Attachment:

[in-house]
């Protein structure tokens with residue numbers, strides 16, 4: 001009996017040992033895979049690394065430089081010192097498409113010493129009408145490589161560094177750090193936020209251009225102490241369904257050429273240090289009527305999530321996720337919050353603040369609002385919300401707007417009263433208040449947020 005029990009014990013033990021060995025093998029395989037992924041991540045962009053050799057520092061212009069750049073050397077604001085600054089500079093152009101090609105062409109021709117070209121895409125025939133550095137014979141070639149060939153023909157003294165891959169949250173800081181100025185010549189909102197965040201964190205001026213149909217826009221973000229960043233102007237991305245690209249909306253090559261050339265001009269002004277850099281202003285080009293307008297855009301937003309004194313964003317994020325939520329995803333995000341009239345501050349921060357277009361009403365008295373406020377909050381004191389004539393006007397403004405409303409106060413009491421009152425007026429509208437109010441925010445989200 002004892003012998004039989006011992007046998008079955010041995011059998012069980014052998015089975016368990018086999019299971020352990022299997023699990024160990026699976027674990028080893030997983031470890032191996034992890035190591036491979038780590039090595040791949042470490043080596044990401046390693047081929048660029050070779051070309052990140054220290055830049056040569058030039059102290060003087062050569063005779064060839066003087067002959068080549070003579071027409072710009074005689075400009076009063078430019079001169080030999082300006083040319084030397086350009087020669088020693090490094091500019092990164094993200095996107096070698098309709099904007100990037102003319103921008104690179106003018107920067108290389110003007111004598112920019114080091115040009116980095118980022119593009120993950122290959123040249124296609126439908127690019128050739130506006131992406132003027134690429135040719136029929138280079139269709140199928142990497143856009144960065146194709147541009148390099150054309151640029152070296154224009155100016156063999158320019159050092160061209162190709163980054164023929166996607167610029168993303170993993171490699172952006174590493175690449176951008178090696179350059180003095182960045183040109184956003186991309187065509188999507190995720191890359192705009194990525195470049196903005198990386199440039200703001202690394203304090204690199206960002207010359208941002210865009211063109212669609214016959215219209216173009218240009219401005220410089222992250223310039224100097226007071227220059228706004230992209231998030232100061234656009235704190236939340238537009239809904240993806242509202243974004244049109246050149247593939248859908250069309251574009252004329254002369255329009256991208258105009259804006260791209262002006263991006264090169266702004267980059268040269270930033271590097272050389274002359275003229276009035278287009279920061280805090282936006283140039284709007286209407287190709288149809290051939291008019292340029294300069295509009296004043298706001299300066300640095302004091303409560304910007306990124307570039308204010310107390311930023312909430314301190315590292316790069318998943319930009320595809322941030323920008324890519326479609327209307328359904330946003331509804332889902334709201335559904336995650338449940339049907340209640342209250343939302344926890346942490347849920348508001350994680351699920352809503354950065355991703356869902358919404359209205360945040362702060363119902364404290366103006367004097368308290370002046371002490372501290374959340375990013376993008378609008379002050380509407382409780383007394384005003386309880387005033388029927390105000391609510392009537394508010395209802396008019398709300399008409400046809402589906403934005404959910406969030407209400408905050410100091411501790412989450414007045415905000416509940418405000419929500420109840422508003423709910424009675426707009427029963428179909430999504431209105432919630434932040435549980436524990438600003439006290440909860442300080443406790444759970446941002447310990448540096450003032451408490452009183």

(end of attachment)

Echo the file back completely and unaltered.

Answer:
[in-house]
């Protein structure tokens with residue numbers, strides 16, 4: 001009996017040992033895979049690394065430089081010192097498409113010493129009408145490589161560094177750090193936020209251009225102490241369904257050429273240090289009527305999530321996720337919050353603040369609002385919300401707007417009263433208040449947020 005029990009014990013033990021060995025093998029395989037992924041991540045962009053050799057520092061212009069750049073050397077604001085600054089500079093152009101090609105062409109021709117070209121895409125025939133550095137014979141070639149060939153023909157003294165891959169949250173800081181100025185010549189909102197965040201964190205001026213149909217826009221973000229960043233102007237991305245690209249909306253090559261050339265001009269002004277850099281202003285080009293307008297855009301937003309004194313964003317994020325939520329995803333995000341009239345501050349921060357277009361009403365008295373406020377909050381004191389004539393006007397403004405409303409106060413009491421009152425007026429509208437109010441925010445989200 002004892003012998004039989006011992007046998008079955010041995011059998012069980014052998015089975016368990018086999019299971020352990022299997023699990024160990026699976027674990028080893030997983031470890032191996034992890035190591036491979038780590039090595040791949042470490043080596044990401046390693047081929048660029050070779051070309052990140054220290055830049056040569058030039059102290060003087062050569063005779064060839066003087067002959068080549070003579071027409072710009074005689075400009076009063078430019079001169080030999082300006083040319084030397086350009087020669088020693090490094091500019092990164094993200095996107096070698098309709099904007100990037102003319103921008104690179106003018107920067108290389110003007111004598112920019114080091115040009116980095118980022119593009120993950122290959123040249124296609126439908127690019128050739130506006131992406132003027134690429135040719136029929138280079139269709140199928142990497143856009144960065146194709147541009148390099150054309151640029152070296154224009155100016156063999158320019159050092160061209162190709163980054164023929166996607167610029168993303170993993171490699172952006174590493175690449176951008178090696179350059180003095182960045183040109184956003186991309187065509188999507190995720191890359192705009194990525195470049196903005198990386199440039200703001202690394203304090204690199206960002207010359208941002210865009211063109212669609214016959215219209216173009218240009219401005220410089222992250223310039224100097226007071227220059228706004230992209231998030232100061234656009235704190236939340238537009239809904240993806242509202243974004244049109246050149247593939248859908250069309251574009252004329254002369255329009256991208258105009259804006260791209262002006263991006264090169266702004267980059268040269270930033271590097272050389274002359275003229276009035278287009279920061280805090282936006283140039284709007286209407287190709288149809290051939291008019292340029294300069295509009296004043298706001299300066300640095302004091303409560304910007306990124307570039308204010310107390311930023312909430314301190315590292316790069318998943319930009320595809322941030323920008324890519326479609327209307328359904330946003331509804332889902334709201335559904336995650338449940339049907340209640342209250343939302344926890346942490347849920348508001350994680351699920352809503354950065355991703356869902358919404359209205360945040362702060363119902364404290366103006367004097368308290370002046371002490372501290374959340375990013376993008378609008379002050380509407382409780383007394384005003386309880387005033388029927390105000391609510392009537394508010395209802396008019398709300399008409400046809402589906403934005404959910406969030407209400408905050410100091411501790412989450414007045415905000416509940418405000419929500420109840422508003423709910424009675426707009427029963428179909430999504431209105432919630434932040435549980436524990438600003439006290440909860442300080443406790444759970446941002447310990448540096450003032451408490452009183």